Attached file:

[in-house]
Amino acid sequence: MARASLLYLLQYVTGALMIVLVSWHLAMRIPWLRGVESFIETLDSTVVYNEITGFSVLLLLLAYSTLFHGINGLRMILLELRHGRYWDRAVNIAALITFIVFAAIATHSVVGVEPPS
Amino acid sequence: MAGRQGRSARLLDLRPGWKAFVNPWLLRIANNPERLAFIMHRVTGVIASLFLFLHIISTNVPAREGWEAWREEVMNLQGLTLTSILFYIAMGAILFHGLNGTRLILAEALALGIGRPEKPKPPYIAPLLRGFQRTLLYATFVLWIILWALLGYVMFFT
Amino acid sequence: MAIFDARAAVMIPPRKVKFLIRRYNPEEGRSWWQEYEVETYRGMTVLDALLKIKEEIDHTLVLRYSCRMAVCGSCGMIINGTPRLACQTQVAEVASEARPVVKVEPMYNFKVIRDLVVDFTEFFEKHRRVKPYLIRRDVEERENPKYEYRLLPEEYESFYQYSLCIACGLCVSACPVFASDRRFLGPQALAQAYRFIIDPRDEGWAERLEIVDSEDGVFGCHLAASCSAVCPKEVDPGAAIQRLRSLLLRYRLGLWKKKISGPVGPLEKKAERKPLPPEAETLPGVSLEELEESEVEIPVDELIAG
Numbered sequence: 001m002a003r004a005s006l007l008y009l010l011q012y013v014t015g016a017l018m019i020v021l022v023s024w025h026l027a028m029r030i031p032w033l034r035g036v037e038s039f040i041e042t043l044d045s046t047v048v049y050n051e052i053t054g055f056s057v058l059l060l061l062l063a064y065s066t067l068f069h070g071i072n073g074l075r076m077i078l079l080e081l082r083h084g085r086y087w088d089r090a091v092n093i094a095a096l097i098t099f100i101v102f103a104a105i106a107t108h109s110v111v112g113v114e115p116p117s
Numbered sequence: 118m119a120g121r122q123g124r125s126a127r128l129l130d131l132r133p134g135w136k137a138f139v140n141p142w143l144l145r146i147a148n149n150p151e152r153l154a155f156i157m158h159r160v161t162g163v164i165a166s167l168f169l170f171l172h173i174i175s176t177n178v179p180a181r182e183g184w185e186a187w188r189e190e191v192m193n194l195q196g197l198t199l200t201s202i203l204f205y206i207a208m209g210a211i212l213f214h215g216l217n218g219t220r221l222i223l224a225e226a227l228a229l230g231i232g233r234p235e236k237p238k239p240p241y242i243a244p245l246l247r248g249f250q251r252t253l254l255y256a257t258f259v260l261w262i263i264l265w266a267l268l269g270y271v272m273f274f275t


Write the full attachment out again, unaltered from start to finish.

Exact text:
[in-house]
Amino acid sequence: MARASLLYLLQYVTGALMIVLVSWHLAMRIPWLRGVESFIETLDSTVVYNEITGFSVLLLLLAYSTLFHGINGLRMILLELRHGRYWDRAVNIAALITFIVFAAIATHSVVGVEPPS
Amino acid sequence: MAGRQGRSARLLDLRPGWKAFVNPWLLRIANNPERLAFIMHRVTGVIASLFLFLHIISTNVPAREGWEAWREEVMNLQGLTLTSILFYIAMGAILFHGLNGTRLILAEALALGIGRPEKPKPPYIAPLLRGFQRTLLYATFVLWIILWALLGYVMFFT
Amino acid sequence: MAIFDARAAVMIPPRKVKFLIRRYNPEEGRSWWQEYEVETYRGMTVLDALLKIKEEIDHTLVLRYSCRMAVCGSCGMIINGTPRLACQTQVAEVASEARPVVKVEPMYNFKVIRDLVVDFTEFFEKHRRVKPYLIRRDVEERENPKYEYRLLPEEYESFYQYSLCIACGLCVSACPVFASDRRFLGPQALAQAYRFIIDPRDEGWAERLEIVDSEDGVFGCHLAASCSAVCPKEVDPGAAIQRLRSLLLRYRLGLWKKKISGPVGPLEKKAERKPLPPEAETLPGVSLEELEESEVEIPVDELIAG
Numbered sequence: 001m002a003r004a005s006l007l008y009l010l011q012y013v014t015g016a017l018m019i020v021l022v023s024w025h026l027a028m029r030i031p032w033l034r035g036v037e038s039f040i041e042t043l044d045s046t047v048v049y050n051e052i053t054g055f056s057v058l059l060l061l062l063a064y065s066t067l068f069h070g071i072n073g074l075r076m077i078l079l080e081l082r083h084g085r086y087w088d089r090a091v092n093i094a095a096l097i098t099f100i101v102f103a104a105i106a107t108h109s110v111v112g113v114e115p116p117s
Numbered sequence: 118m119a120g121r122q123g124r125s126a127r128l129l130d131l132r133p134g135w136k137a138f139v140n141p142w143l144l145r146i147a148n149n150p151e152r153l154a155f156i157m158h159r160v161t162g163v164i165a166s167l168f169l170f171l172h173i174i175s176t177n178v179p180a181r182e183g184w185e186a187w188r189e190e191v192m193n194l195q196g197l198t199l200t201s202i203l204f205y206i207a208m209g210a211i212l213f214h215g216l217n218g219t220r221l222i223l224a225e226a227l228a229l230g231i232g233r234p235e236k237p238k239p240p241y242i243a244p245l246l247r248g249f250q251r252t253l254l255y256a257t258f259v260l261w262i263i264l265w266a267l268l269g270y271v272m273f274f275t